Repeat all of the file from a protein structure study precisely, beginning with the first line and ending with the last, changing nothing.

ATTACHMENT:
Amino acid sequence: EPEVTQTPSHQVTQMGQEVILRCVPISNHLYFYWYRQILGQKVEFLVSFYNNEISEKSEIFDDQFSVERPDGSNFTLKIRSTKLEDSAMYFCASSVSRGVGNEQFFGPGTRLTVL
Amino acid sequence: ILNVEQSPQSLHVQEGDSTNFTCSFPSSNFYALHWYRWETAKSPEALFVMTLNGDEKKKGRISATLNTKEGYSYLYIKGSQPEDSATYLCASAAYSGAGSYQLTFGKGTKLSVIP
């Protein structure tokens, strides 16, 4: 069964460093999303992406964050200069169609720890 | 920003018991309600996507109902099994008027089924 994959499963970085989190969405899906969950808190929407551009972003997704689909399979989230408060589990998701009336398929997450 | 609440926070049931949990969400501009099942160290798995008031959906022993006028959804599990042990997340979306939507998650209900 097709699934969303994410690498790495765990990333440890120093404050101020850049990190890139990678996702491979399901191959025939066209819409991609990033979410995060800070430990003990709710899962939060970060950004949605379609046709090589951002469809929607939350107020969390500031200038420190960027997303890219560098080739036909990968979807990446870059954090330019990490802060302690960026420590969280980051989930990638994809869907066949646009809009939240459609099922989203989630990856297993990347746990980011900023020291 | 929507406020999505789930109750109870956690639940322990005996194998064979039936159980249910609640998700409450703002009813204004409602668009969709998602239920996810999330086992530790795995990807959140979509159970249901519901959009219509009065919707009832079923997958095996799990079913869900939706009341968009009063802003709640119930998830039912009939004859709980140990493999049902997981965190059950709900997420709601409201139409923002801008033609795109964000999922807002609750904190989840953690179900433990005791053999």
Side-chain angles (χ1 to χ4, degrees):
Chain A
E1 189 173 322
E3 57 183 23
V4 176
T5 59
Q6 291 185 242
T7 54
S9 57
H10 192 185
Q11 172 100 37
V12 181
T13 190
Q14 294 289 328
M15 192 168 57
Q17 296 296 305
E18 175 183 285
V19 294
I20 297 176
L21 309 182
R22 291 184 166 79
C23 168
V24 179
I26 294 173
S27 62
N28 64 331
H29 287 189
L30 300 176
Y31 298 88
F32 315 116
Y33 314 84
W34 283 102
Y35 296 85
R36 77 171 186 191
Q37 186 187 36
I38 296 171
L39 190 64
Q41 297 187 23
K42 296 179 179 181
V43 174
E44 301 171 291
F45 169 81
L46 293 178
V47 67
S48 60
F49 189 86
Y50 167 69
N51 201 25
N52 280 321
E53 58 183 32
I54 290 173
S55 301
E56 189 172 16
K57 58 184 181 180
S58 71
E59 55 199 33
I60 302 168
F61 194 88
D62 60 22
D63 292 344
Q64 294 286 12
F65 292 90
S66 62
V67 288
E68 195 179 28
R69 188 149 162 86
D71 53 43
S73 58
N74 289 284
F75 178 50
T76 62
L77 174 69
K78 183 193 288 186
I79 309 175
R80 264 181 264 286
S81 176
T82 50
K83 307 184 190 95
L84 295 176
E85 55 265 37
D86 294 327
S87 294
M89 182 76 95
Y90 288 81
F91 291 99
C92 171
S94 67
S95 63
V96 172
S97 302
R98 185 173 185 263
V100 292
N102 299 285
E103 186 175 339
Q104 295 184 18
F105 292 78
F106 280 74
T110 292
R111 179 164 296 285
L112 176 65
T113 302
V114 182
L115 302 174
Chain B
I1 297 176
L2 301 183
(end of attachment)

Amino acid sequence: EPEVTQTPSHQVTQMGQEVILRCVPISNHLYFYWYRQILGQKVEFLVSFYNNEISEKSEIFDDQFSVERPDGSNFTLKIRSTKLEDSAMYFCASSVSRGVGNEQFFGPGTRLTVL
Amino acid sequence: ILNVEQSPQSLHVQEGDSTNFTCSFPSSNFYALHWYRWETAKSPEALFVMTLNGDEKKKGRISATLNTKEGYSYLYIKGSQPEDSATYLCASAAYSGAGSYQLTFGKGTKLSVIP
């Protein structure tokens, strides 16, 4: 069964460093999303992406964050200069169609720890 | 920003018991309600996507109902099994008027089924 994959499963970085989190969405899906969950808190929407551009972003997704689909399979989230408060589990998701009336398929997450 | 609440926070049931949990969400501009099942160290798995008031959906022993006028959804599990042990997340979306939507998650209900 097709699934969303994410690498790495765990990333440890120093404050101020850049990190890139990678996702491979399901191959025939066209819409991609990033979410995060800070430990003990709710899962939060970060950004949605379609046709090589951002469809929607939350107020969390500031200038420190960027997303890219560098080739036909990968979807990446870059954090330019990490802060302690960026420590969280980051989930990638994809869907066949646009809009939240459609099922989203989630990856297993990347746990980011900023020291 | 929507406020999505789930109750109870956690639940322990005996194998064979039936159980249910609640998700409450703002009813204004409602668009969709998602239920996810999330086992530790795995990807959140979509159970249901519901959009219509009065919707009832079923997958095996799990079913869900939706009341968009009063802003709640119930998830039912009939004859709980140990493999049902997981965190059950709900997420709601409201139409923002801008033609795109964000999922807002609750904190989840953690179900433990005791053999």
Side-chain angles (χ1 to χ4, degrees):
Chain A
E1 189 173 322
E3 57 183 23
V4 176
T5 59
Q6 291 185 242
T7 54
S9 57
H10 192 185
Q11 172 100 37
V12 181
T13 190
Q14 294 289 328
M15 192 168 57
Q17 296 296 305
E18 175 183 285
V19 294
I20 297 176
L21 309 182
R22 291 184 166 79
C23 168
V24 179
I26 294 173
S27 62
N28 64 331
H29 287 189
L30 300 176
Y31 298 88
F32 315 116
Y33 314 84
W34 283 102
Y35 296 85
R36 77 171 186 191
Q37 186 187 36
I38 296 171
L39 190 64
Q41 297 187 23
K42 296 179 179 181
V43 174
E44 301 171 291
F45 169 81
L46 293 178
V47 67
S48 60
F49 189 86
Y50 167 69
N51 201 25
N52 280 321
E53 58 183 32
I54 290 173
S55 301
E56 189 172 16
K57 58 184 181 180
S58 71
E59 55 199 33
I60 302 168
F61 194 88
D62 60 22
D63 292 344
Q64 294 286 12
F65 292 90
S66 62
V67 288
E68 195 179 28
R69 188 149 162 86
D71 53 43
S73 58
N74 289 284
F75 178 50
T76 62
L77 174 69
K78 183 193 288 186
I79 309 175
R80 264 181 264 286
S81 176
T82 50
K83 307 184 190 95
L84 295 176
E85 55 265 37
D86 294 327
S87 294
M89 182 76 95
Y90 288 81
F91 291 99
C92 171
S94 67
S95 63
V96 172
S97 302
R98 185 173 185 263
V100 292
N102 299 285
E103 186 175 339
Q104 295 184 18
F105 292 78
F106 280 74
T110 292
R111 179 164 296 285
L112 176 65
T113 302
V114 182
L115 302 174
Chain B
I1 297 176
L2 301 183